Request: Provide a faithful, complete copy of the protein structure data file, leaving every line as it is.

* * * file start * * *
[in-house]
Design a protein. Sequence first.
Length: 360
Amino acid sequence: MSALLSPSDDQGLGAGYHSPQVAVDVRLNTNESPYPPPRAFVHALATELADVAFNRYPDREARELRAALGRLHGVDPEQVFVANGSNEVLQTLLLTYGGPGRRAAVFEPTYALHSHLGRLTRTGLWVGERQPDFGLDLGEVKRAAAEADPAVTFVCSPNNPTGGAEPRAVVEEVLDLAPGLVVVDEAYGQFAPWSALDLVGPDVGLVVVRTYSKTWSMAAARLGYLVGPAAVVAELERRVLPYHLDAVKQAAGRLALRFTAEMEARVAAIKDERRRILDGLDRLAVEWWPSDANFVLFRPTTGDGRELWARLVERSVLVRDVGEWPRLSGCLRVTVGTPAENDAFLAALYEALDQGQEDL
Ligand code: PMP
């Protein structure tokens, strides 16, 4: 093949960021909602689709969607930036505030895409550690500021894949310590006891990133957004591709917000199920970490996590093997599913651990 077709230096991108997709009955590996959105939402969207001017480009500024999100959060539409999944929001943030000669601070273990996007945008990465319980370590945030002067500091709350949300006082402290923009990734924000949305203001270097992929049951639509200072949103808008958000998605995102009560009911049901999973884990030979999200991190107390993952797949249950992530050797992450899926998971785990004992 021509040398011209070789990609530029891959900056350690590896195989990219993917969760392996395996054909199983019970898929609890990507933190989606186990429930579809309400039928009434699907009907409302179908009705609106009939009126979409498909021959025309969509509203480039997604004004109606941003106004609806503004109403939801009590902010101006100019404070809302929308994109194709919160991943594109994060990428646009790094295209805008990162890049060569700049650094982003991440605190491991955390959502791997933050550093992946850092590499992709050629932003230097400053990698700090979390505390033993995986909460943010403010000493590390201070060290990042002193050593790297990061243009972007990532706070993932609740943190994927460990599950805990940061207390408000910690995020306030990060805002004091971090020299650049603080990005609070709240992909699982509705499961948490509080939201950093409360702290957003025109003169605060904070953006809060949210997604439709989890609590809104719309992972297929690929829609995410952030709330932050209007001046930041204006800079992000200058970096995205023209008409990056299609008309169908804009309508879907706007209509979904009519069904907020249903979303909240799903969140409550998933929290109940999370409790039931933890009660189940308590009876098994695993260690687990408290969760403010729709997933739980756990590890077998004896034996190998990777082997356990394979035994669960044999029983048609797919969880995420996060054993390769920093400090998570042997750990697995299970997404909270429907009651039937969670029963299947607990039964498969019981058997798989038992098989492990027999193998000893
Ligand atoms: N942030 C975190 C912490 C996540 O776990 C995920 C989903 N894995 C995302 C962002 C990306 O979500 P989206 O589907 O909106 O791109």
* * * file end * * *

[in-house]
Design a protein. Sequence first.
Length: 360
Amino acid sequence: MSALLSPSDDQGLGAGYHSPQVAVDVRLNTNESPYPPPRAFVHALATELADVAFNRYPDREARELRAALGRLHGVDPEQVFVANGSNEVLQTLLLTYGGPGRRAAVFEPTYALHSHLGRLTRTGLWVGERQPDFGLDLGEVKRAAAEADPAVTFVCSPNNPTGGAEPRAVVEEVLDLAPGLVVVDEAYGQFAPWSALDLVGPDVGLVVVRTYSKTWSMAAARLGYLVGPAAVVAELERRVLPYHLDAVKQAAGRLALRFTAEMEARVAAIKDERRRILDGLDRLAVEWWPSDANFVLFRPTTGDGRELWARLVERSVLVRDVGEWPRLSGCLRVTVGTPAENDAFLAALYEALDQGQEDL
Ligand code: PMP
């Protein structure tokens, strides 16, 4: 093949960021909602689709969607930036505030895409550690500021894949310590006891990133957004591709917000199920970490996590093997599913651990 077709230096991108997709009955590996959105939402969207001017480009500024999100959060539409999944929001943030000669601070273990996007945008990465319980370590945030002067500091709350949300006082402290923009990734924000949305203001270097992929049951639509200072949103808008958000998605995102009560009911049901999973884990030979999200991190107390993952797949249950992530050797992450899926998971785990004992 021509040398011209070789990609530029891959900056350690590896195989990219993917969760392996395996054909199983019970898929609890990507933190989606186990429930579809309400039928009434699907009907409302179908009705609106009939009126979409498909021959025309969509509203480039997604004004109606941003106004609806503004109403939801009590902010101006100019404070809302929308994109194709919160991943594109994060990428646009790094295209805008990162890049060569700049650094982003991440605190491991955390959502791997933050550093992946850092590499992709050629932003230097400053990698700090979390505390033993995986909460943010403010000493590390201070060290990042002193050593790297990061243009972007990532706070993932609740943190994927460990599950805990940061207390408000910690995020306030990060805002004091971090020299650049603080990005609070709240992909699982509705499961948490509080939201950093409360702290957003025109003169605060904070953006809060949210997604439709989890609590809104719309992972297929690929829609995410952030709330932050209007001046930041204006800079992000200058970096995205023209008409990056299609008309169908804009309508879907706007209509979904009519069904907020249903979303909240799903969140409550998933929290109940999370409790039931933890009660189940308590009876098994695993260690687990408290969760403010729709997933739980756990590890077998004896034996190998990777082997356990394979035994669960044999029983048609797919969880995420996060054993390769920093400090998570042997750990697995299970997404909270429907009651039937969670029963299947607990039964498969019981058997798989038992098989492990027999193998000893
Ligand atoms: N942030 C975190 C912490 C996540 O776990 C995920 C989903 N894995 C995302 C962002 C990306 O979500 P989206 O589907 O909106 O791109």